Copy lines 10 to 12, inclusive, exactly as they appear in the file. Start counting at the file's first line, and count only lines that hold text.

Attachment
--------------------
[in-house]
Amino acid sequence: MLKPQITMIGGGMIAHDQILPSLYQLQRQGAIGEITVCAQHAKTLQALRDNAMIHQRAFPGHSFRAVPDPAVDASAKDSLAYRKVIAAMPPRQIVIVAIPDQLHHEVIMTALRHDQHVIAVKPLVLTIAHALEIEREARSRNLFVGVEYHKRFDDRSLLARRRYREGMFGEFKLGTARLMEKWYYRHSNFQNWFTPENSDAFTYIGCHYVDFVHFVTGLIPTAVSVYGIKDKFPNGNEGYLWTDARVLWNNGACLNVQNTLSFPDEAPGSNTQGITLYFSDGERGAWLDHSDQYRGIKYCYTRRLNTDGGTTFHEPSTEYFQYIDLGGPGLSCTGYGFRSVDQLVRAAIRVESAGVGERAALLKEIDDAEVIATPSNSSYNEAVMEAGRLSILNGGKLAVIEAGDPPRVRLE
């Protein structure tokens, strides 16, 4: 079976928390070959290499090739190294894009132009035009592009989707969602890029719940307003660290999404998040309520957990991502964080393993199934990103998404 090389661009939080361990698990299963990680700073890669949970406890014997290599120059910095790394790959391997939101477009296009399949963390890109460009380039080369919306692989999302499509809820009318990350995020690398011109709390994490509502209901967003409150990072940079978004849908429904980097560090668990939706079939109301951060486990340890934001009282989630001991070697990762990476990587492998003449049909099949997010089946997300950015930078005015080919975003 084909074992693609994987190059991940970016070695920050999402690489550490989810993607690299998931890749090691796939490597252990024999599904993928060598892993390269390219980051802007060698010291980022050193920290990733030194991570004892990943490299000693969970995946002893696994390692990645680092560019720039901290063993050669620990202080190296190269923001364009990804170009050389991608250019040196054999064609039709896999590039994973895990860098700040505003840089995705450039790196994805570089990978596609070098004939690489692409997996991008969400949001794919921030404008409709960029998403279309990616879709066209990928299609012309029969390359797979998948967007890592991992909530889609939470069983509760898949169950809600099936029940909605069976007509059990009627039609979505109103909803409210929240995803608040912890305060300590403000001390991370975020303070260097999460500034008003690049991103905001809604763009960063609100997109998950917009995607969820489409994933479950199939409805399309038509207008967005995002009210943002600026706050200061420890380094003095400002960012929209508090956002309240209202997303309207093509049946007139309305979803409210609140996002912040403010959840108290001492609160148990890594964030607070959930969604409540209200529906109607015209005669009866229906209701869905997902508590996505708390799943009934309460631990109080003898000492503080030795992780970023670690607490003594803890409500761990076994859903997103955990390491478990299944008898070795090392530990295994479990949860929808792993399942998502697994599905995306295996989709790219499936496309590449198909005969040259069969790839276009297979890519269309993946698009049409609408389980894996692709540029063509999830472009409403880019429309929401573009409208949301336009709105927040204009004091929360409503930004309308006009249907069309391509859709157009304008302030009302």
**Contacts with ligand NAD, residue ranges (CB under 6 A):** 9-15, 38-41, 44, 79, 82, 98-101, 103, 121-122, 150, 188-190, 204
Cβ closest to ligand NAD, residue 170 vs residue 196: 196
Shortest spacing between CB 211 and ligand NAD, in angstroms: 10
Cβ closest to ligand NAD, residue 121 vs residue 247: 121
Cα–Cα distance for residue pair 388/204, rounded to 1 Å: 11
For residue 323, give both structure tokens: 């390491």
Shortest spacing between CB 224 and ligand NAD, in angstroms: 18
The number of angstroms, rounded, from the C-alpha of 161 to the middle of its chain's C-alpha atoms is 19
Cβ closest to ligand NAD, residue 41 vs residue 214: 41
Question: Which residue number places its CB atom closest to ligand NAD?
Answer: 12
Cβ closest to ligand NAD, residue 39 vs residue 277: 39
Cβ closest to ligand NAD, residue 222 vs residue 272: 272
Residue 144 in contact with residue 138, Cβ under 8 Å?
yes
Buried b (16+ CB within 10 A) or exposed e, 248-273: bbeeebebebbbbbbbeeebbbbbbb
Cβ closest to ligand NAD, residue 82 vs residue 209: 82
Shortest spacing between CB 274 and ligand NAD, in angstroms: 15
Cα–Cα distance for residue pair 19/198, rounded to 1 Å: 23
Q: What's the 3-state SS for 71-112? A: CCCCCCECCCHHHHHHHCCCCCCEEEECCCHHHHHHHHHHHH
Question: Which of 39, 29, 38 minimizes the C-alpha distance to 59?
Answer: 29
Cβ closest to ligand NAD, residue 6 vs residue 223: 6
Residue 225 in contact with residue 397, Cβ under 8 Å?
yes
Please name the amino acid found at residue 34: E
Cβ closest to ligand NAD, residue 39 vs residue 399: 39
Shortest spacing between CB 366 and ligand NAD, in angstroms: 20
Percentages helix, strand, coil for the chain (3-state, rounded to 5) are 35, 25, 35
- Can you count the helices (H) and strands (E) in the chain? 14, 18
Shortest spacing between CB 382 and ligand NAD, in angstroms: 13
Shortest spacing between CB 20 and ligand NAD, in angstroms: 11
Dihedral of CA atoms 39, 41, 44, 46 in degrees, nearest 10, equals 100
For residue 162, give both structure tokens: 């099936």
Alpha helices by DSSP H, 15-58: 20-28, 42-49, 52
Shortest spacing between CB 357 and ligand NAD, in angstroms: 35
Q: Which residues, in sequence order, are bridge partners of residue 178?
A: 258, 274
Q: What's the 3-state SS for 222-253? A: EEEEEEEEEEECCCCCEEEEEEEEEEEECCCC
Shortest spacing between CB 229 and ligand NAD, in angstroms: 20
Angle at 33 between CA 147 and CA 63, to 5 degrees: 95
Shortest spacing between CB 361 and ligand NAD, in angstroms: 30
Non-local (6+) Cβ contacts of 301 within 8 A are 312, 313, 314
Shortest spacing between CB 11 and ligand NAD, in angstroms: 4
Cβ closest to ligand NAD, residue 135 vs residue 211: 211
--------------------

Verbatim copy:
Shortest spacing between CB 224 and ligand NAD, in angstroms: 18
The number of angstroms, rounded, from the C-alpha of 161 to the middle of its chain's C-alpha atoms is 19
Cβ closest to ligand NAD, residue 41 vs residue 214: 41